Northern Ireland's Rory McIlroy continues to garner attention for his views on the importance of the Ryder Cup, not all of them acceptable to those who clearly wish he'd re-order his priorities
"Ryder Cup not a priority for Rory McIlroy," a headline in the Belfast Telegraph said today.
"I'd rather win any world championship event than Ryder Cup, says McIlroy," a headline in the Independent said.
Last year, McIlroy, 21, suggested that the Ryder Cup was an exhibition, that "if you win or lose, it's a great experience and you move on from it. In the big scheme of things, it's not that important of an event for me."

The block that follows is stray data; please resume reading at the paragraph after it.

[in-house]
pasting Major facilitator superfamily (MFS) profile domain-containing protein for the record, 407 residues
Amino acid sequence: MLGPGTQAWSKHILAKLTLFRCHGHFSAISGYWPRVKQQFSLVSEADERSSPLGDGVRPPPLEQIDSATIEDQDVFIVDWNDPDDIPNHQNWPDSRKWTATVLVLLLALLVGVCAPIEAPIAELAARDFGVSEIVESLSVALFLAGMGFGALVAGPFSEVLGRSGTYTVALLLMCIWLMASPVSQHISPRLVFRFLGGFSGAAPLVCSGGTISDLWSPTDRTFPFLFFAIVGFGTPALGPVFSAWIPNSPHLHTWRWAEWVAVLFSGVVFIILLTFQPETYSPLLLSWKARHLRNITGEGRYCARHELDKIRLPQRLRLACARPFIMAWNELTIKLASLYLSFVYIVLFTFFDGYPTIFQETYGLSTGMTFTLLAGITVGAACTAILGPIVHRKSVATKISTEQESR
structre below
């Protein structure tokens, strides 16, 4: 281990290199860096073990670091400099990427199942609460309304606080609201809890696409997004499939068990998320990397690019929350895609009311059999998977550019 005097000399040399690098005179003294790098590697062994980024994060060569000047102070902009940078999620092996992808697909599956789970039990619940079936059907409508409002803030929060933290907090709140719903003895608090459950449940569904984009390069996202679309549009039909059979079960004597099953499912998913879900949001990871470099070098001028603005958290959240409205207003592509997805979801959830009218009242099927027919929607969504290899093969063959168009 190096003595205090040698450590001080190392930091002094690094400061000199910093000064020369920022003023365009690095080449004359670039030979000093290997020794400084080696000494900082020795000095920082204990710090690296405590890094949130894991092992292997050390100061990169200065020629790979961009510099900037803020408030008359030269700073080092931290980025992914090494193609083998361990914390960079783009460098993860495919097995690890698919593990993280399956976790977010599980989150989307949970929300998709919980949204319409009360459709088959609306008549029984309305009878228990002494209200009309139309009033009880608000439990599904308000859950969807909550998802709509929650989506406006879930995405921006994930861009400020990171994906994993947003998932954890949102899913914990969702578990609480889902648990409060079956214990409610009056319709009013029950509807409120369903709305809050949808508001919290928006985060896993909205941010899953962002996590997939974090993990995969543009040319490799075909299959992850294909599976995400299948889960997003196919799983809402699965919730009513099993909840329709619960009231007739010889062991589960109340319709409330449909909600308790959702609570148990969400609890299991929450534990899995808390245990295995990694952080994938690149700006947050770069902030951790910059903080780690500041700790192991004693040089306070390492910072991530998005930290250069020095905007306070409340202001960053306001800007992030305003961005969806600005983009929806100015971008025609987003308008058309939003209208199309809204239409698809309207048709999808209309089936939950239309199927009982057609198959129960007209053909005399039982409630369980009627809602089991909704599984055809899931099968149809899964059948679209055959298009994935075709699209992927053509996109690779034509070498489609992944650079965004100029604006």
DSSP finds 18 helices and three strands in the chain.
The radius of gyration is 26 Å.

McIlroy was widely admonished for calling it an exhibition, a term he no longer uses to describe the Ryder Cup. Yet he won't artificially elevate it in importance, either.
"If somebody asks me whether I'd rather sink the winning putt in the Ryder Cup or win a major, it's the major every day," he said recently. "World championship or Ryder Cup? Win a world championship. At the end of the day you're going to be remembered for what you achieve in an individual sport. When I was a kid growing up practicing, I never had a putt to win the Ryder Cup. I always had a putt to win the Masters or the Open. It's just the way I feel."
Seems about right. The Ryder Cup is a team event, albeit a highly-charged and entertaining one, in what otherwise is an individual sport. Honestly, is there a player on either team who wouldn't rather win a major championship than play on a winning Ryder Cup team? Why is this even an issue?
-- John Strege